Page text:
What does Ring mean for Amazon?

Source: Ring
Mar 14, 2018
Chris Petersen, PhD.

Through a special arrangement, presented here for discussion is a summary of a current article from the IMS Results Count blog.

Amazon.com in late February acquired Ring, a maker of internet-connected doorbells and cameras, for about $1.1 billion.

Ring is best known for its Wi-Fi enabled doorbells that are equipped with cameras to detect when someone is at the door. Users receive an alert and then are able to view and talk to the individual outside their door through their smartphone.

On the surface, Ring is a powerful acquisition, which launches Amazon further into the home security space. Last year it began selling Amazon Cloud Cam, an indoor security camera of its own design. In December it acquired Blink, a maker of inexpensive internet security cameras and doorbells. Amazon also moves further into the IoT space with more popular products that can connect to Alexa. Google’s Nest also offers a home security system.

The apps and Ring subscriptions will create recurring revenue. All well and good in itself, but several reports on the acquisition focused on how Ring’s technology may build on Amazon Key, a service launched last October that allows Prime members to have orders delivered inside their homes to help deter theft and prevent fresh food from spoiling.

Amazon (and most every e-commerce player) needs a more comprehensive solution for secure home delivery. Beyond opening doors, Ring can be programmed to open a door to a locker.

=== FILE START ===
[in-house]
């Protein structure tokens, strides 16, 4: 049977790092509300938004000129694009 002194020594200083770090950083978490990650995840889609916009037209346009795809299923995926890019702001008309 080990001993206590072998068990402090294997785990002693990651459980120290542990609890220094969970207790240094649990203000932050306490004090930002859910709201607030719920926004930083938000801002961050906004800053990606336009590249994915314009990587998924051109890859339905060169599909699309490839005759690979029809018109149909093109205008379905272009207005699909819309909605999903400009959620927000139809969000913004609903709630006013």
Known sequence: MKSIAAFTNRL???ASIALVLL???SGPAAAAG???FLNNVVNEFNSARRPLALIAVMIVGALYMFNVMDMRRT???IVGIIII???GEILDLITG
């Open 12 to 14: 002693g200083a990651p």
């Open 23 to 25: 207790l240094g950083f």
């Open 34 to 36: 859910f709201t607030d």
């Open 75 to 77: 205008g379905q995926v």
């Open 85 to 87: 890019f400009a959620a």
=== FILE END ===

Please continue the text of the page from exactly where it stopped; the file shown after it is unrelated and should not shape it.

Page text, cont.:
You can bet that this strategy has crossed Jeff Bezos’ mind — when Ring gets established via Prime, Amazon can charge all of the grocers, pharmacies and retailers to use the Ring ecosystem as the way to make, document and secure deliveries to your door and all the way to your pantry or locker.

The rest of retail needs to take note: Ring is much like Amazon’s cloud. Not only will it generate revenue in itself, it has the power to offer incredible value to end customers. On top of that, Ring can become a powerful portal for secure delivery, ultimately enabling Amazon to charge all players a “toll” for secure delivery. Paying a billion for Ring sounds like a steal for creating another cog in Amazon’s ecosystem.

DISCUSSION QUESTIONS: What do you think was behind Amazon’s acquisition of Ring? Does it make sense that Amazon’s ambition is to support home delivery of packages well beyond its own?

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"I have a feeling this acquisition is just the beginning of what will become a significant strategic move by Amazon."
"From a business perspective, Amazon will live in every home. From a privacy perspective, Amazon will surveil every home."
"Amazon acquired Ring for edge data. This data will help them improve customer experience through a more integrated delivery assurance..."

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23 Comments on "What does Ring mean for Amazon?"

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Lyle Bunn (Ph.D. Hon)

As the home security market continues to grow, firms like Amazon will naturally want to enjoy a piece of the pie. But the big benefit lies in owning a slice of the connectivity hub to which different devices (think Internet of Things) can be connected. Marketing is increasing driven by life pattern awareness, and the next “Big” of Big Data is focused on knowing how somebody spends their time at home. Ring has the potential to reach beyond the entrance and into the home.

Nikki Baird

I think the relationship with Key is a side benefit, not the driver. This is about wiring up consumers’ homes with sensors, and providing services using those sensors to further lock consumers in to a relationship with Amazon. Key is one such potential service, but it’s not the only one, and I have a hard time believing it’s even the main one.